Relatives of seniors who live in an assisted living home in Vancouver’s Chinatown neighbourhood want the sale of the building stopped after seniors were told they had two months to find another place to live.
Grace Seniors Home at 333 E. Pender St. is privately owned, but a sale to Lu’ma Native Housing Society is in the works.
To buy the building, Lu’ma used federal money from the Rapid Housing Initiative, which funds projects that house people who are homeless or at risk of homelessness. BC Housing agreed to contribute capital funding to renovate the building.
Tim Lam’s 90-year-old grandfather, Cheang Che Fu, lives at the home and his family found out about the impending sale through an ad in a Chinese-language newspaper.
The Cantonese-speaking residents received a letter on March 29 stating the home would close in June, and “arrangements” were being made for “the proper resettlement of our residents.”
But Lam said that has still not been communicated to residents, and staff at the building are still telling residents they will have to leave.
That’s causing stress for many of the frail seniors who have lived at the building for years, Lam said. Some don’t speak English and don’t have families to help them, and Lam fears those residents are entirely in the dark about the situation.
In a letter sent to BC Housing, the families said they worry the situation will have dire consequences for their frail relatives.
“We are concerned how the displacement will impact the overall health of the senior residents and expect many to suffer physically and mentally from the move that one family described as ‘an earlier death sentence,’” the families wrote in the letter.
The families asking for the sale to be stopped, for Grace Seniors Home to continue running as a culturally supportive care home for Chinese seniors and for a public inquiry into how the transaction went ahead.
The situation is “heartbreaking,” said Sara Goldvine, vice-president of communications for BC Housing. But she said that if Lu’ma had not bought the building, it could have been bought by a developer and redeveloped into condos.
Goldvine said the housing will not be designated as seniors’ housing when ownership is transferred to Lu’ma. It’s unclear whether the new operator of the building will continue the Cantonese-language services, Chinese meals and cultural programming that is currently offered at Grace Seniors Home.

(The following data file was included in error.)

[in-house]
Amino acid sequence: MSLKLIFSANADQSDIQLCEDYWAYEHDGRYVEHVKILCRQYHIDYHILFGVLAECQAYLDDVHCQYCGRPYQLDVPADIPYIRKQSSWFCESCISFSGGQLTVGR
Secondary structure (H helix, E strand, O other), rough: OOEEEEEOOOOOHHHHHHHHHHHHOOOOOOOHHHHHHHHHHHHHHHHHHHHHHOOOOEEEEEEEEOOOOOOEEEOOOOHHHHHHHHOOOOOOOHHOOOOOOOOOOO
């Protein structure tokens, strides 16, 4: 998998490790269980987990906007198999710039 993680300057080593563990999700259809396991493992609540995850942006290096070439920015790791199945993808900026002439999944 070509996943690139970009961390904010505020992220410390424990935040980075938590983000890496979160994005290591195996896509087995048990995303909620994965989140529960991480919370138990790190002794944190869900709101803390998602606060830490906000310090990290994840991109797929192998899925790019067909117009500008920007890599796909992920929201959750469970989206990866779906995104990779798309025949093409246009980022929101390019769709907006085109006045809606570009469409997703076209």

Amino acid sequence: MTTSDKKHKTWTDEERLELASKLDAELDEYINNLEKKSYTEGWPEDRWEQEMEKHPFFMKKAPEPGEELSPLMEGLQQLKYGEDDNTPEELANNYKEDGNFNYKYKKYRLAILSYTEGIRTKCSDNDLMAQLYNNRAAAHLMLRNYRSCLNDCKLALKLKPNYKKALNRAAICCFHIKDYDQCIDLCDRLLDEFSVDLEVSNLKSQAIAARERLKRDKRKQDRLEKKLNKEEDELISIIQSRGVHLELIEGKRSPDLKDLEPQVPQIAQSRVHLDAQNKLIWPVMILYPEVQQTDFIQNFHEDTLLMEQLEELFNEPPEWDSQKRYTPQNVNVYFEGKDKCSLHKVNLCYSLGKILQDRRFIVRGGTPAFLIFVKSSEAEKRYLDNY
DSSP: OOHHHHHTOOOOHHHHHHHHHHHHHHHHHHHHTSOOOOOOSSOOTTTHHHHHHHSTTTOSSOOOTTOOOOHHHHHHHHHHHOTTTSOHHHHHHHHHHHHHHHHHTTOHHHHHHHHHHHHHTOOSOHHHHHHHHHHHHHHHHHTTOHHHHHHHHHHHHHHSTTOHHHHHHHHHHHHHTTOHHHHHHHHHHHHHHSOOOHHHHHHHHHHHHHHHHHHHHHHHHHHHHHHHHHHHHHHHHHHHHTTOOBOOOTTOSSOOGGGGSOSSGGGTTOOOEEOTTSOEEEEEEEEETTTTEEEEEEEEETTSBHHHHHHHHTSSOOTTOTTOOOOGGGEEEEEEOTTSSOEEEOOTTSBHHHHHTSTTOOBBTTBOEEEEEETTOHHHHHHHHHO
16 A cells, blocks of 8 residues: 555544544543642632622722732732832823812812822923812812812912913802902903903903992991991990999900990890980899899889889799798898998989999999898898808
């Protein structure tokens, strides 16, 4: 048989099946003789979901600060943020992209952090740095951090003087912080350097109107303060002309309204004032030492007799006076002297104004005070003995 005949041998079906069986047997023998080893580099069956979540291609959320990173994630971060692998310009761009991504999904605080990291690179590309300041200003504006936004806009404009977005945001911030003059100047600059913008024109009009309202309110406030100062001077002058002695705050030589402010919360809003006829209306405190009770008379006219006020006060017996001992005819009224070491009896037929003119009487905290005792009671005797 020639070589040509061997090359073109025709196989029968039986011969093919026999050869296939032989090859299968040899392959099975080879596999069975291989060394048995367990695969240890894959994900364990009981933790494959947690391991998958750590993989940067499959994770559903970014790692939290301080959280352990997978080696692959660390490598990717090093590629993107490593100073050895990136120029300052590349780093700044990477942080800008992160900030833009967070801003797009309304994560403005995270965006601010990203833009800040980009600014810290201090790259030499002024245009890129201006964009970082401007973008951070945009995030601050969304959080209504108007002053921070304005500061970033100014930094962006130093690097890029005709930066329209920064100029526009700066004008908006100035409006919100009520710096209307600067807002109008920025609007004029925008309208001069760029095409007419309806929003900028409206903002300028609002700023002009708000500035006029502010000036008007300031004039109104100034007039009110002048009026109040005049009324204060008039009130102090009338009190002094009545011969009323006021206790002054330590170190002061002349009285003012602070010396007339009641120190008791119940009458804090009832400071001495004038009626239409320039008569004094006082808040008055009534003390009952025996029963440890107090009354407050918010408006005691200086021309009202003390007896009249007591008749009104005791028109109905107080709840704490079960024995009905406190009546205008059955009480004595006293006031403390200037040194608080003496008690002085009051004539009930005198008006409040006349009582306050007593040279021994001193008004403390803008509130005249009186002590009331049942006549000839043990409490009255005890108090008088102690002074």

“The challenge with the situation is that we have a private owner who has decided to sell the building,” Goldvine said. “The real story is about the failure of the private market to meet the housing and health needs of this community. The good news is that by purchasing the building, Lu’ma is ensuring that this building is owned by the community.”
The Tyee reached out to Lu’ma Native Housing Society, but did not receive a response. The Tyee was unable to reach Stephen Lee, one of the owners of 333 Pender, at his home in Burnaby.
Goldvine said BC Housing and Lu’ma staff were set to meet to discuss a relocation plan for existing tenants, but the current management of Grace Seniors Home sent tenants the letter telling them they would have to move before that official relocation planning had started.
Family members and Chinatown advocates say they support creating more housing for vulnerable people in the Downtown Eastside and Chinatown, but they’re in shock that housing for elderly Chinese seniors is being lost after years of advocating for more housing for low-income seniors in Chinatown.
Many Cantonese-speaking seniors have made Chinatown their home for decades. When Lam’s grandfather goes for walks in the neighbourhood, he bumps into people he’s known for years, and he’s able to walk to his doctor’s office.
Buildings that offer culturally supportive care to East Asian seniors already have long waitlists, and this deal will eliminate scarce housing stock, Lam said.
The need is especially dire for low-income seniors. Michael Tan, co-chair of the Chinatown Legacy Stewardship Group, estimates that removing the 70 units of housing at Grace Seniors Home will destroy 20 per cent of the culturally supportive seniors housing stock in Chinatown, leaving just 356 units.
“That stock will permanently disappear over time,” Lam said.
Christina Lam, Fu’s daughter, has been in touch with other families who are having a hard time finding alternative housing for their parents and grandparents. She knows of one couple who are 95 and 98 and have been together for 80 years, who may have to be placed in separate assisted living homes.
She’s been able to find a place for her dad in an assisted living home in Burnaby, but the facility doesn’t provide any Chinese-language services. Lam said she was able to find a place relatively quickly because her family can pay market rent, but other residents who need subsidized housing will face years-long waiting lists.